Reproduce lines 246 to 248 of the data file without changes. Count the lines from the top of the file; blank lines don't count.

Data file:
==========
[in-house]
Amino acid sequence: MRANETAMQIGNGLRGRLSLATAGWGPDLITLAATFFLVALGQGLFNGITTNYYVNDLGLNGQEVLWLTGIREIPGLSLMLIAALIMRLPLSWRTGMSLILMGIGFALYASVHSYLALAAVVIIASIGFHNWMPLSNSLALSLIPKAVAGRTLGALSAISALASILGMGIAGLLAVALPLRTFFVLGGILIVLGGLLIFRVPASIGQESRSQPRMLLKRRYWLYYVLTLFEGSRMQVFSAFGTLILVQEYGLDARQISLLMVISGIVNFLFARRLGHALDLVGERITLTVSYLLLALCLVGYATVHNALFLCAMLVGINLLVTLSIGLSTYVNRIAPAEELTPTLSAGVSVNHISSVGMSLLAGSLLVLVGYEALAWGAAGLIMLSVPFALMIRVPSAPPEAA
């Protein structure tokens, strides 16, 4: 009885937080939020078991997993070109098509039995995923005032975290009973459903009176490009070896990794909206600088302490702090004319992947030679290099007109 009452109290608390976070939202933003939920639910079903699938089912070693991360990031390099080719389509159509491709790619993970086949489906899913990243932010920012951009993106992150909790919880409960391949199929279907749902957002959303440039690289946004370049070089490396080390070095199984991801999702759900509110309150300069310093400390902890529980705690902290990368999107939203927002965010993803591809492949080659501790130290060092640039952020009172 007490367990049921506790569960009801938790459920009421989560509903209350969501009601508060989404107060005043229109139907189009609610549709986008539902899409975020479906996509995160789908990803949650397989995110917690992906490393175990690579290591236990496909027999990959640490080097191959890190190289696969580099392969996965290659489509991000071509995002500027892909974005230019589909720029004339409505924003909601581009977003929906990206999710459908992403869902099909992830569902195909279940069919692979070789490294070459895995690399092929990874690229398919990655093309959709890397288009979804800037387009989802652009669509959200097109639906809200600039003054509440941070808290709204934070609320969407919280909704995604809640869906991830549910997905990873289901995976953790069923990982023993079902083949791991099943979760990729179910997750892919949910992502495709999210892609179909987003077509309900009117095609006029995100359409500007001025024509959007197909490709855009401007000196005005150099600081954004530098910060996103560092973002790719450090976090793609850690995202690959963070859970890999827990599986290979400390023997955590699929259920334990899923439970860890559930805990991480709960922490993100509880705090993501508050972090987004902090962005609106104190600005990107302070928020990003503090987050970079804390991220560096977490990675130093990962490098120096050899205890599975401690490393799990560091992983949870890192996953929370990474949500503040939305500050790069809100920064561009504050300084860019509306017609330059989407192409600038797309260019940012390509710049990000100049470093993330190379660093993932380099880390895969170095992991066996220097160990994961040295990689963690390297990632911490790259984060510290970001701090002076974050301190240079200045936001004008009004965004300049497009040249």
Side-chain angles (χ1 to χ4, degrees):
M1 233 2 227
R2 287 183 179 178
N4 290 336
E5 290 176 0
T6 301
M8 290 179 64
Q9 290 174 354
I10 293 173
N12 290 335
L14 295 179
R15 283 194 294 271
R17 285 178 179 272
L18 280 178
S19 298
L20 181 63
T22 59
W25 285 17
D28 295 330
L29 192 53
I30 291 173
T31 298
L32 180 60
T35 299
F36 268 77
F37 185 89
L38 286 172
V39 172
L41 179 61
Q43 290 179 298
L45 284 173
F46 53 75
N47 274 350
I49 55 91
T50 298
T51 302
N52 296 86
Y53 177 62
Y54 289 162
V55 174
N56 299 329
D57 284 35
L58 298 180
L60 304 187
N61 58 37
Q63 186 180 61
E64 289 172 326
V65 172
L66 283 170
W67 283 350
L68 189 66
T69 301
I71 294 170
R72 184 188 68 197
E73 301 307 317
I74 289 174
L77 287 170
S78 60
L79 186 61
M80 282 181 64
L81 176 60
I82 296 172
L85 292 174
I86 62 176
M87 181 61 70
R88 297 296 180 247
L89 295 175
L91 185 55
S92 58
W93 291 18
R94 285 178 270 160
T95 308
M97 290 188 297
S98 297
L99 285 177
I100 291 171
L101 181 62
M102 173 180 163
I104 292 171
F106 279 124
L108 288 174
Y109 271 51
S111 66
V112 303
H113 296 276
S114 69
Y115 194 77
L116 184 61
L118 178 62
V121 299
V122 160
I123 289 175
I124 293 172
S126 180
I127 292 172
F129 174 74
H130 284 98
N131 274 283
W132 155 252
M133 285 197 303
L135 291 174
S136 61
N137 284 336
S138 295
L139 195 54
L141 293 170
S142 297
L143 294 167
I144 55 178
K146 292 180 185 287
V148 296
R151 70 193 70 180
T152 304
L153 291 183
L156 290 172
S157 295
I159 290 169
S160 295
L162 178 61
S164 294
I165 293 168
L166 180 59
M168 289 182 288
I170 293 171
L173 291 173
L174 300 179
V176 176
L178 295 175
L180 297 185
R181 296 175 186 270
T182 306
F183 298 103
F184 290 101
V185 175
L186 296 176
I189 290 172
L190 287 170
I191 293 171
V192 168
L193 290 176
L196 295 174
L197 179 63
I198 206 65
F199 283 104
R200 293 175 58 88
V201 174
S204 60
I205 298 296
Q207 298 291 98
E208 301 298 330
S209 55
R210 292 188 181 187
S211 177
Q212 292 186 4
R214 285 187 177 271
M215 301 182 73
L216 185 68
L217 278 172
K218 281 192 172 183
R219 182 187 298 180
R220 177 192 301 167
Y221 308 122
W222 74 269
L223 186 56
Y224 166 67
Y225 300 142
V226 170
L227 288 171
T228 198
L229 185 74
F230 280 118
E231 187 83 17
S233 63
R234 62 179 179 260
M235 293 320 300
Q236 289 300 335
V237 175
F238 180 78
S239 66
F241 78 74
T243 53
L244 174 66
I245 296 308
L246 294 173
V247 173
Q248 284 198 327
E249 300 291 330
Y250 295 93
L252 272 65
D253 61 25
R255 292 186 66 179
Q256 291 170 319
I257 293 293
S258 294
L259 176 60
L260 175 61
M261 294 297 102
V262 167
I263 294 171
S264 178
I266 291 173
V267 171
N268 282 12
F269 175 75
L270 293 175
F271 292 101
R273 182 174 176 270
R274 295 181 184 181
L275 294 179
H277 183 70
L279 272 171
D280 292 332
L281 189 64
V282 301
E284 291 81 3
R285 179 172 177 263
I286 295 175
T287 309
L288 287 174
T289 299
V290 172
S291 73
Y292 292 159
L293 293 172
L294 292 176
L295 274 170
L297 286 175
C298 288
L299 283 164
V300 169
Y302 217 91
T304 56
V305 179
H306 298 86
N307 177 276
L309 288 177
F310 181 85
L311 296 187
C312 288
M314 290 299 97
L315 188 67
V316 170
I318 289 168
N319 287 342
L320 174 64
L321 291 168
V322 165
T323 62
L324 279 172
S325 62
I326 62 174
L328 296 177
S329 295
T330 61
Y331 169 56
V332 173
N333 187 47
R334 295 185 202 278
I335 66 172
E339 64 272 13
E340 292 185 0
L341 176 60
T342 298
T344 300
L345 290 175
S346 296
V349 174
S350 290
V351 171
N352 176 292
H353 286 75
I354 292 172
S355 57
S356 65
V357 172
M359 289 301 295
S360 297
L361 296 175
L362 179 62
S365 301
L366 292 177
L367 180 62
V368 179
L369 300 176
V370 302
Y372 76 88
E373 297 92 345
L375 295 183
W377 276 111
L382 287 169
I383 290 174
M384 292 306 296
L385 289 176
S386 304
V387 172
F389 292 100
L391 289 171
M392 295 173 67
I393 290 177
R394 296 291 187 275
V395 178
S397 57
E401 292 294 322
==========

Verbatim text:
I318 289 168
N319 287 342
L320 174 64